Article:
The Clean Arctic Alliance (CAA) has urged member states of the International Maritime Organization (IMO) to cut the impact of black carbon emissions from global shipping on the Arctic environment.

The CAA will be highlighting the issue in a meeting with the IMO’s Marine Environmental Protection Committee (MEPC74), which is scheduled to take place in London, UK.

During the meeting, the member states will discuss various maritime issues such as black carbon emissions and heavy fuel oil (HFO) in the Arctic.

According to CAA, ships use black carbon-emitting HFO, which is a potent short-lived climate forcer that remains in the atmosphere for a few days to weeks.

When emitted from ships burning heavy fuel in or near Arctic waters, and when particles fall on ice or snow, black carbon reduces its albedo (reflectivity) causing it to absorb more heat. This accelerates the warming of the Arctic region.

Black carbon is found to be the second leading cause of global warming and is also harmful to human health.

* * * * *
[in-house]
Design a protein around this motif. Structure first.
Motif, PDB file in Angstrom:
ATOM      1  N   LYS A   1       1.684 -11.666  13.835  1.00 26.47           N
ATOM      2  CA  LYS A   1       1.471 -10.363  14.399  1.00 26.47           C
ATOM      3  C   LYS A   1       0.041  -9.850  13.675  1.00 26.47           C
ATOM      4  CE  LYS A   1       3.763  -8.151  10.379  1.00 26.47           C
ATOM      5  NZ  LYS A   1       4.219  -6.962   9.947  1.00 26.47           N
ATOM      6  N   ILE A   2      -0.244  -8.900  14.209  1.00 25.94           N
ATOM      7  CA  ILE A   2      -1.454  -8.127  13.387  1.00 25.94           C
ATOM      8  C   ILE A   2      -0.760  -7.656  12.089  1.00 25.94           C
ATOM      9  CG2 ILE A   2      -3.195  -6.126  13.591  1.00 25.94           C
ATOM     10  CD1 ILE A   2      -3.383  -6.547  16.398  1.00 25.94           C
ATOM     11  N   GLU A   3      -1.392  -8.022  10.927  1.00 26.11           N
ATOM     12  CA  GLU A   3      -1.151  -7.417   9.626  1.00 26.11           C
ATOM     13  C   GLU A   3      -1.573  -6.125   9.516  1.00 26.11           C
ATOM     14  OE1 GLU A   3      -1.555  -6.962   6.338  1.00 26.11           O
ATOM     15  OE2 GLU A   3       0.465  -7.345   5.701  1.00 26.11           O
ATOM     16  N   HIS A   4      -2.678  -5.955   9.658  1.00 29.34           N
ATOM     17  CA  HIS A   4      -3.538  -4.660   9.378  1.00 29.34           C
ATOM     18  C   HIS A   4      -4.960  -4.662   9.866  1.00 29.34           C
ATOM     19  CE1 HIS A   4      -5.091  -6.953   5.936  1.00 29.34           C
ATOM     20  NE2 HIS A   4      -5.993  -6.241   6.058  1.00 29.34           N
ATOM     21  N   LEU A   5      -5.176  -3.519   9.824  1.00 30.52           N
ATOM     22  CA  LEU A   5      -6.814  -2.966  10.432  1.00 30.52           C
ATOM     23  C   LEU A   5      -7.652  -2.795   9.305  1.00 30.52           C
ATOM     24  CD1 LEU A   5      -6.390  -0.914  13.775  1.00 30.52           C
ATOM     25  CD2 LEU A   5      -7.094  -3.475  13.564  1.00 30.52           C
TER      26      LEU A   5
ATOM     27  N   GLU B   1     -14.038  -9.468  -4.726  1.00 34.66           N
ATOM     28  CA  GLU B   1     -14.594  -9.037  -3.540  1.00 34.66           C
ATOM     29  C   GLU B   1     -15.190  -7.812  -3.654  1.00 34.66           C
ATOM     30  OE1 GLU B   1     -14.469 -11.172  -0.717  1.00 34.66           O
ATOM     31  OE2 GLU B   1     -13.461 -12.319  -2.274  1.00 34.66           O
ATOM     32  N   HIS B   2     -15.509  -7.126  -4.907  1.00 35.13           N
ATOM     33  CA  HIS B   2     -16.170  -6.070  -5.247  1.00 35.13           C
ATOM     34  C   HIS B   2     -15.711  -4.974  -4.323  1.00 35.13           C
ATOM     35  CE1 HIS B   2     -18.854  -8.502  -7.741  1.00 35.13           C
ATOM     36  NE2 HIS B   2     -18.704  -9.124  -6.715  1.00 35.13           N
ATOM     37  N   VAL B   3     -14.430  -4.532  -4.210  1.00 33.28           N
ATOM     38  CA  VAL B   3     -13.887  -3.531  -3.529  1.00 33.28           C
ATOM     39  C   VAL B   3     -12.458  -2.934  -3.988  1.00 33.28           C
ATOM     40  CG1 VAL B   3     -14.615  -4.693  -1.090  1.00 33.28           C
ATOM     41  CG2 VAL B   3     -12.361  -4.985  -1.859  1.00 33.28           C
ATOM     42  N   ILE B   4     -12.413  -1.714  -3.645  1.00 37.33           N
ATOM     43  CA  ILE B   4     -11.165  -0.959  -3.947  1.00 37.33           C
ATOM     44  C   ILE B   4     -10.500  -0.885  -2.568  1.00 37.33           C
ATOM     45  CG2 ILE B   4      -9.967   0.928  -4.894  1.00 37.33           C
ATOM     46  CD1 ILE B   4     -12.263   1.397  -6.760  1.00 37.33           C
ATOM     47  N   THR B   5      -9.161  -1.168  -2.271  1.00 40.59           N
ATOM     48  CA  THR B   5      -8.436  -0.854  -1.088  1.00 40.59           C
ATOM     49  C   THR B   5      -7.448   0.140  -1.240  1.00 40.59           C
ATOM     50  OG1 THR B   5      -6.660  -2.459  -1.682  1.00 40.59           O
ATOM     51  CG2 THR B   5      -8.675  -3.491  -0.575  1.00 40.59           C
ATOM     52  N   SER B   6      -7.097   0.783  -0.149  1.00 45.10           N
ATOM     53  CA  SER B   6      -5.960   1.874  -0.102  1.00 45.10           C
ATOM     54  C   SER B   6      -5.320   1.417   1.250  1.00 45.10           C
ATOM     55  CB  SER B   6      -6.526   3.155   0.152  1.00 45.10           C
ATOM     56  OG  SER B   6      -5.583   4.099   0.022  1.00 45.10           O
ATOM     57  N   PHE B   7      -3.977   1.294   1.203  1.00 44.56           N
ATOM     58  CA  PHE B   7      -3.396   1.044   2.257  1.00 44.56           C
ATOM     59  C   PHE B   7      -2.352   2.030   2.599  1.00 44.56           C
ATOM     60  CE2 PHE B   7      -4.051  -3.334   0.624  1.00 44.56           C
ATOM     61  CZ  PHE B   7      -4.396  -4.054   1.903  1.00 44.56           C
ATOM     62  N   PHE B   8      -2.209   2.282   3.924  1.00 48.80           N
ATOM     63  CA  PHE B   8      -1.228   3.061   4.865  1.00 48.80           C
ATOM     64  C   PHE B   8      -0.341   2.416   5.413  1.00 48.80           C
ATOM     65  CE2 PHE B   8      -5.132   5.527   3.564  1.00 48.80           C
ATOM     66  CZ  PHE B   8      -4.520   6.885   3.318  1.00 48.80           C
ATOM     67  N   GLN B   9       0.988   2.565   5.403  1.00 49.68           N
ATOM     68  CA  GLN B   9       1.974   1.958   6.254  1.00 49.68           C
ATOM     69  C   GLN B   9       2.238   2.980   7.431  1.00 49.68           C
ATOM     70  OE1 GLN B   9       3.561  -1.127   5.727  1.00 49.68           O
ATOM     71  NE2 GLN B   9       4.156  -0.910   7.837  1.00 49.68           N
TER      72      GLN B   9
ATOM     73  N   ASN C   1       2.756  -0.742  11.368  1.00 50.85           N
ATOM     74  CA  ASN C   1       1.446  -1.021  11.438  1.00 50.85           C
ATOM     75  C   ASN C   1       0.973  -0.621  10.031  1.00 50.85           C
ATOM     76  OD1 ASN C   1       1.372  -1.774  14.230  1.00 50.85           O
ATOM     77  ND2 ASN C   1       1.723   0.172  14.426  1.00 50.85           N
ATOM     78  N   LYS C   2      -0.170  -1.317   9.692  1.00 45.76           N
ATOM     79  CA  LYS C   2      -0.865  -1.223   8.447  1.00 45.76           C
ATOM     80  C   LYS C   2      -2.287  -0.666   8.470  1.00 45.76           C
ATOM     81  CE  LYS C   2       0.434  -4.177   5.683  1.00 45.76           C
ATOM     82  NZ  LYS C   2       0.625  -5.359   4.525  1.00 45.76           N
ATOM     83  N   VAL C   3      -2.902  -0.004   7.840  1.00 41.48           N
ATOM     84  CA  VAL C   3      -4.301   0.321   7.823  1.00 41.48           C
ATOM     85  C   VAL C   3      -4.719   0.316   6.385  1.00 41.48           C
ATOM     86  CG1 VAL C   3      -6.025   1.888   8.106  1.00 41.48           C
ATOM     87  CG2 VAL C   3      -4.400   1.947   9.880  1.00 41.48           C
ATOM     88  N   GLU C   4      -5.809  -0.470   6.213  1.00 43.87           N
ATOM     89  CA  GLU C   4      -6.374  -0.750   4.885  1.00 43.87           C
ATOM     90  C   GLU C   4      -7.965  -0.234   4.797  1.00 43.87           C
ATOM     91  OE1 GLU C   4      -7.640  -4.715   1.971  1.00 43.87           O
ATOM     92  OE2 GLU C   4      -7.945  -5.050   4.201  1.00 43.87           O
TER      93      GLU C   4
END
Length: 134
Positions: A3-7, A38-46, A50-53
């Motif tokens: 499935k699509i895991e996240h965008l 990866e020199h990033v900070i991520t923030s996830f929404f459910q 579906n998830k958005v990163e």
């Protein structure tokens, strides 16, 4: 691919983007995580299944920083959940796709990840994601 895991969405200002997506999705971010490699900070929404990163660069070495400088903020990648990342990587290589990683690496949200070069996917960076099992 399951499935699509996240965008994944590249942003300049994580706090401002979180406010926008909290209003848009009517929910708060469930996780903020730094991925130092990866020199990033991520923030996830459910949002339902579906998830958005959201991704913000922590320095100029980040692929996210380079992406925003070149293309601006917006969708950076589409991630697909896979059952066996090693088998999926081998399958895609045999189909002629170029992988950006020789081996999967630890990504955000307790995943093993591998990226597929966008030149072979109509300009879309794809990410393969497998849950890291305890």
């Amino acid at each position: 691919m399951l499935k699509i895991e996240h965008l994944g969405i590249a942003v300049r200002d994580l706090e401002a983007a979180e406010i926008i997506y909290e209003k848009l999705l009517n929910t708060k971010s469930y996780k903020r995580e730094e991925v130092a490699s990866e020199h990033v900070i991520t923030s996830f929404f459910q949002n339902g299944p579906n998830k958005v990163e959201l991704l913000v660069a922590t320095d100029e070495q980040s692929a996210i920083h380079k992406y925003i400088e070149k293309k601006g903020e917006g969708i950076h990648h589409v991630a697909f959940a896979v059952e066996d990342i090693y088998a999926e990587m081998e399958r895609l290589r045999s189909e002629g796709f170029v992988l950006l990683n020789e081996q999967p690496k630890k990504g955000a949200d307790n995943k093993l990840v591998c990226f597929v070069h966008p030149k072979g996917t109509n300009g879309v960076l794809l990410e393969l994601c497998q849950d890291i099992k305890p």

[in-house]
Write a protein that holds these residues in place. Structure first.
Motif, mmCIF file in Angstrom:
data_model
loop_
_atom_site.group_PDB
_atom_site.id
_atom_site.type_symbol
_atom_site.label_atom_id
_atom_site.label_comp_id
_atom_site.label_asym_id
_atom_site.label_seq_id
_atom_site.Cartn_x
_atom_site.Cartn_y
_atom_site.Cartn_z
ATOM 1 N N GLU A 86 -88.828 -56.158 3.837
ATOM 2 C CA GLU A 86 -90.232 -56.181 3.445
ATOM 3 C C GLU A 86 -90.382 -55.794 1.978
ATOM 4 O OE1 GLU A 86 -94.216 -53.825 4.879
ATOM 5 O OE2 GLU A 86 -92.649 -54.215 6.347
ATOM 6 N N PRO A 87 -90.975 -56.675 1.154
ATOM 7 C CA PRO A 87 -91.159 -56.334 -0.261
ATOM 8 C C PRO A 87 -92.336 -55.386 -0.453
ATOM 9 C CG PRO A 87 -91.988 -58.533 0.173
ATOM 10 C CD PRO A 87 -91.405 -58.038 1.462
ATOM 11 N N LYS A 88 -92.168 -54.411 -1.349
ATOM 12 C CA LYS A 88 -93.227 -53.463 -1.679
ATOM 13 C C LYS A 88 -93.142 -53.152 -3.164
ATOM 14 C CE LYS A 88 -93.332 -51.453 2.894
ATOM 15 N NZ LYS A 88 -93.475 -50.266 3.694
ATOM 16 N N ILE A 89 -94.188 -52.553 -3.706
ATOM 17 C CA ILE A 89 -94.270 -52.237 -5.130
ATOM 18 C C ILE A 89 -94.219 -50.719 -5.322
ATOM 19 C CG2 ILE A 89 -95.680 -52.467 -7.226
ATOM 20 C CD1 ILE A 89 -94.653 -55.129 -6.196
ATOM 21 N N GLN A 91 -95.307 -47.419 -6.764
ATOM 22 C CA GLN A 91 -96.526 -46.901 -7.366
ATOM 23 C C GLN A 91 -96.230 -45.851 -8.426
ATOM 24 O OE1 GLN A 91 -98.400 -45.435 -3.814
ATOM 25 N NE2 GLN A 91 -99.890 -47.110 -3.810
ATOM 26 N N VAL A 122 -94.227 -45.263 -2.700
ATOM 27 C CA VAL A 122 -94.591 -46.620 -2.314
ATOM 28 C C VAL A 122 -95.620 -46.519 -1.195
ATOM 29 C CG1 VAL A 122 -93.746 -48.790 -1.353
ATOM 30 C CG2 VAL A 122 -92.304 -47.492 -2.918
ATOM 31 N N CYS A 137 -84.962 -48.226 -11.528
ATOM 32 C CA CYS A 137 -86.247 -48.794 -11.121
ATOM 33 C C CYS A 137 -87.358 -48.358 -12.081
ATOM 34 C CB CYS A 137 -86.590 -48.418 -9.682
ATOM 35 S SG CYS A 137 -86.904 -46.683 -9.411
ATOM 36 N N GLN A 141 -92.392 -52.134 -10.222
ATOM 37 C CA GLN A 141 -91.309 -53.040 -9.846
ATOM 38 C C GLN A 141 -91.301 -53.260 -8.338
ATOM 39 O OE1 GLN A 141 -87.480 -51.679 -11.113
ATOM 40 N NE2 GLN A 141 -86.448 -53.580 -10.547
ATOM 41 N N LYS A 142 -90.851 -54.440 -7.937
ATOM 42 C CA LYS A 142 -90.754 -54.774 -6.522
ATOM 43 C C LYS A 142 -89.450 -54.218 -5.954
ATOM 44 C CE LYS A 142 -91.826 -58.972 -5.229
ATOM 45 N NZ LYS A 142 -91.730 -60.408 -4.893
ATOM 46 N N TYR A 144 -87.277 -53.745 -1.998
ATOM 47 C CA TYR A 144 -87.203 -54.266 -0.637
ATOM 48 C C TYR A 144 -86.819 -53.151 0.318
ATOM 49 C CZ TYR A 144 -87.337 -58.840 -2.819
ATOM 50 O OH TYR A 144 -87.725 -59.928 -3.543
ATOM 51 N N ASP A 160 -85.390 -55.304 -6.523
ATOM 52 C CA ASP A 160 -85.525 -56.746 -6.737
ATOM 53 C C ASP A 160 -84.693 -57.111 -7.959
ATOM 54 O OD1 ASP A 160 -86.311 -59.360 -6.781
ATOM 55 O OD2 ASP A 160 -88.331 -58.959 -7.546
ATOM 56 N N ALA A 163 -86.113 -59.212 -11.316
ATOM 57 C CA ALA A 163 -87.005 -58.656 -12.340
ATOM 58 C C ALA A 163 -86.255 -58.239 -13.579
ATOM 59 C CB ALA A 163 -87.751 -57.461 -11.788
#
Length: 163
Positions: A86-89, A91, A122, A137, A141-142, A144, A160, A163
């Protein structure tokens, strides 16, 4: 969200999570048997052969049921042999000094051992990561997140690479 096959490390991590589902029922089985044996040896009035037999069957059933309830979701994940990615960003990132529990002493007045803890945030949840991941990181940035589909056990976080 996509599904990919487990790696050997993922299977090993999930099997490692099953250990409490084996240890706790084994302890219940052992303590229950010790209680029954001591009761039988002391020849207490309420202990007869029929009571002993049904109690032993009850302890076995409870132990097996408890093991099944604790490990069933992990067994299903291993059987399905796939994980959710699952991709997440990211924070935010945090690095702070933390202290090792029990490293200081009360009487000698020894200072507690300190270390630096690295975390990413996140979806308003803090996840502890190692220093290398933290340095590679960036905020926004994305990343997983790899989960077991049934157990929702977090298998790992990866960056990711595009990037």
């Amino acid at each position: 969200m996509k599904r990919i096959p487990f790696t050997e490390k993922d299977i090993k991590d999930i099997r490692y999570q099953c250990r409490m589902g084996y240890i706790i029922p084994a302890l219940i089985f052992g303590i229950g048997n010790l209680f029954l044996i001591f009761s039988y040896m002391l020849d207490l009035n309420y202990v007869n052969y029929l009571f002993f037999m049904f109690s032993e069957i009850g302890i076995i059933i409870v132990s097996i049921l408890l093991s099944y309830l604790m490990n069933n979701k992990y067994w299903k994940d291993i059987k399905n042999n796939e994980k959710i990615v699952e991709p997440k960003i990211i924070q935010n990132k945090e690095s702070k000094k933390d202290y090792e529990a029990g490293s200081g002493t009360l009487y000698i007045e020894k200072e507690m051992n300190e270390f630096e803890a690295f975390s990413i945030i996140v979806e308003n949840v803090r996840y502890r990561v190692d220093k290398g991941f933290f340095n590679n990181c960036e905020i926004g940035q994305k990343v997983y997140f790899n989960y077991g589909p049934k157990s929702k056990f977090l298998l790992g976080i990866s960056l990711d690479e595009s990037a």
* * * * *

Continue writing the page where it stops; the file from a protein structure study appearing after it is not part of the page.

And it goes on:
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Clean Arctic Alliance lead advisor Sian Prior said: “By cutting ship-sourced emissions of black carbon, IMO member states could take a quick and effective path to countering the current climate crisis, and minimise further impacts on the Arctic.

“We’re calling on IMO member states to champion a move away from using heavy fuel oils – shipping’s number one source of black carbon – in Arctic waters.

"We’re calling on IMO member states to champion a move away from using heavy fuel oils."

“With cleaner shipping fuels already available and innovation and ambition driving the global shipping industry towards lower emissions, IMO member states must move rapidly towards zero-emission solutions.”

In April last year, during MEPC 72, Finland, Germany, Iceland, the Netherlands, New Zealand, Norway, Sweden, and the US, co-sponsored a strongly worded proposal to ban HFO as shipping fuel from Arctic waters. The ban is currently being developed within the IMO.

The UN’s Intergovernmental Panel on Climate Change earlier warned that we have just 12 years to limit a climate change catastrophe.